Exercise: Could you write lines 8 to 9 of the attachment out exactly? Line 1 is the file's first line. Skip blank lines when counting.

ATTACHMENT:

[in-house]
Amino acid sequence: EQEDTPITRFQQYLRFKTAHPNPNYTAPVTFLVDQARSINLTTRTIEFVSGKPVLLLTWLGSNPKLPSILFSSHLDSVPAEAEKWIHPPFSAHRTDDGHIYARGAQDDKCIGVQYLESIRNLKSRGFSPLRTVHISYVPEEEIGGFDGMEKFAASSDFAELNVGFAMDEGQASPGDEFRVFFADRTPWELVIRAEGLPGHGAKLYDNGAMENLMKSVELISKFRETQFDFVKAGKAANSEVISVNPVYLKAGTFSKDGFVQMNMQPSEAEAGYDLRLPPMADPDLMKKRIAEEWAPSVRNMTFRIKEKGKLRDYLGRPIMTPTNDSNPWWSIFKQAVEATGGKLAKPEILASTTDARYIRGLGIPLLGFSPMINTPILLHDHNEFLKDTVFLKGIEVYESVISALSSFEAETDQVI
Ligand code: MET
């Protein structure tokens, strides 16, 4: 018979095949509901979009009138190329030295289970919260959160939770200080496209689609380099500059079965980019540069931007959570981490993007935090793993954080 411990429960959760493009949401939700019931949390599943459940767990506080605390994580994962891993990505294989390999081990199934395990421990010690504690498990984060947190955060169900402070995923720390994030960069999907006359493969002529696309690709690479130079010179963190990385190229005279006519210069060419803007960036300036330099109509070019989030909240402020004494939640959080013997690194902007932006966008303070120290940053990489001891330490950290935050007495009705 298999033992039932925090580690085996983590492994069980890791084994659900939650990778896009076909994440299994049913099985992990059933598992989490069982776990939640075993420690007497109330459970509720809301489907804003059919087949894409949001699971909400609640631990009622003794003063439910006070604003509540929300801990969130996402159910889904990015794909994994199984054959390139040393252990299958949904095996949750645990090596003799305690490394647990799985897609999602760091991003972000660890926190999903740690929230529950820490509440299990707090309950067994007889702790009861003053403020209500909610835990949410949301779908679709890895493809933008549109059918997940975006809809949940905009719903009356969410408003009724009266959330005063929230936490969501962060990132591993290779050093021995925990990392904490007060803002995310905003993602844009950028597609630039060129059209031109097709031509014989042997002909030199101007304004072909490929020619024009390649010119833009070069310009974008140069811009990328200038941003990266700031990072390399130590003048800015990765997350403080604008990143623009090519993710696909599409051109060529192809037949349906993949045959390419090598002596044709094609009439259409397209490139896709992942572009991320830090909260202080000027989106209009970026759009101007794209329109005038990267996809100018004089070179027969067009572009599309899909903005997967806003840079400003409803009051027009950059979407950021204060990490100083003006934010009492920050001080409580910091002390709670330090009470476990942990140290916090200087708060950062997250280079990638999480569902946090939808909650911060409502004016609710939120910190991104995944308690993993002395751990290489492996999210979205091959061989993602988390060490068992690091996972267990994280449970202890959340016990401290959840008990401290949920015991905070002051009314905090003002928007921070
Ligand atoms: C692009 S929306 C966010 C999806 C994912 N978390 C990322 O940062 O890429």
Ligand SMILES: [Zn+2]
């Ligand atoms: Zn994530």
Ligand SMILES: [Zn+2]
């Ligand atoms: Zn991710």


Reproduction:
Ligand SMILES: [Zn+2]
């Ligand atoms: Zn991710």